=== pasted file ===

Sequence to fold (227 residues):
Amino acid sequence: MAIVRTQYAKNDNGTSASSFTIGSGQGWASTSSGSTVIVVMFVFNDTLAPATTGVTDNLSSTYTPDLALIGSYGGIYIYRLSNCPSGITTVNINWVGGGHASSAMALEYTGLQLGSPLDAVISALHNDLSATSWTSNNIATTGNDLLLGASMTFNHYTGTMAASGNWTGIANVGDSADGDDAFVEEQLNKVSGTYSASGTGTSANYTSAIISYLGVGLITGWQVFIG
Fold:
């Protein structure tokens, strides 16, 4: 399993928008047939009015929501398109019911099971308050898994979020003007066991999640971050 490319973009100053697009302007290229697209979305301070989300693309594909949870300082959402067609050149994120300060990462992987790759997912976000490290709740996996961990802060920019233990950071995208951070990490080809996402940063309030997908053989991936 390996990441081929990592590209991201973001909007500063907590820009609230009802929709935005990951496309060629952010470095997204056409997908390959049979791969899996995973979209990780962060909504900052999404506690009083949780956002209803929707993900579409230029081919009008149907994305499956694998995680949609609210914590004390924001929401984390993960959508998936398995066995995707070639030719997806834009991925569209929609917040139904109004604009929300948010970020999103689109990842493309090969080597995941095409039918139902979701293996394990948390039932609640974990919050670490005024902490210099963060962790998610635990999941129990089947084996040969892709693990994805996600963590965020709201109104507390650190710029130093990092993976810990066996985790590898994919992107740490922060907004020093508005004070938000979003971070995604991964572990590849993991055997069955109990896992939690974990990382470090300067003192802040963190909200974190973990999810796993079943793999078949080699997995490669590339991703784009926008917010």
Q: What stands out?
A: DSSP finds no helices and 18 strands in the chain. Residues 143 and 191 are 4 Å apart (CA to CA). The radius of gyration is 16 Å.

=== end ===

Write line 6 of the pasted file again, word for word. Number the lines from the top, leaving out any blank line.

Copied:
A: DSSP finds no helices and 18 strands in the chain. Residues 143 and 191 are 4 Å apart (CA to CA). The radius of gyration is 16 Å.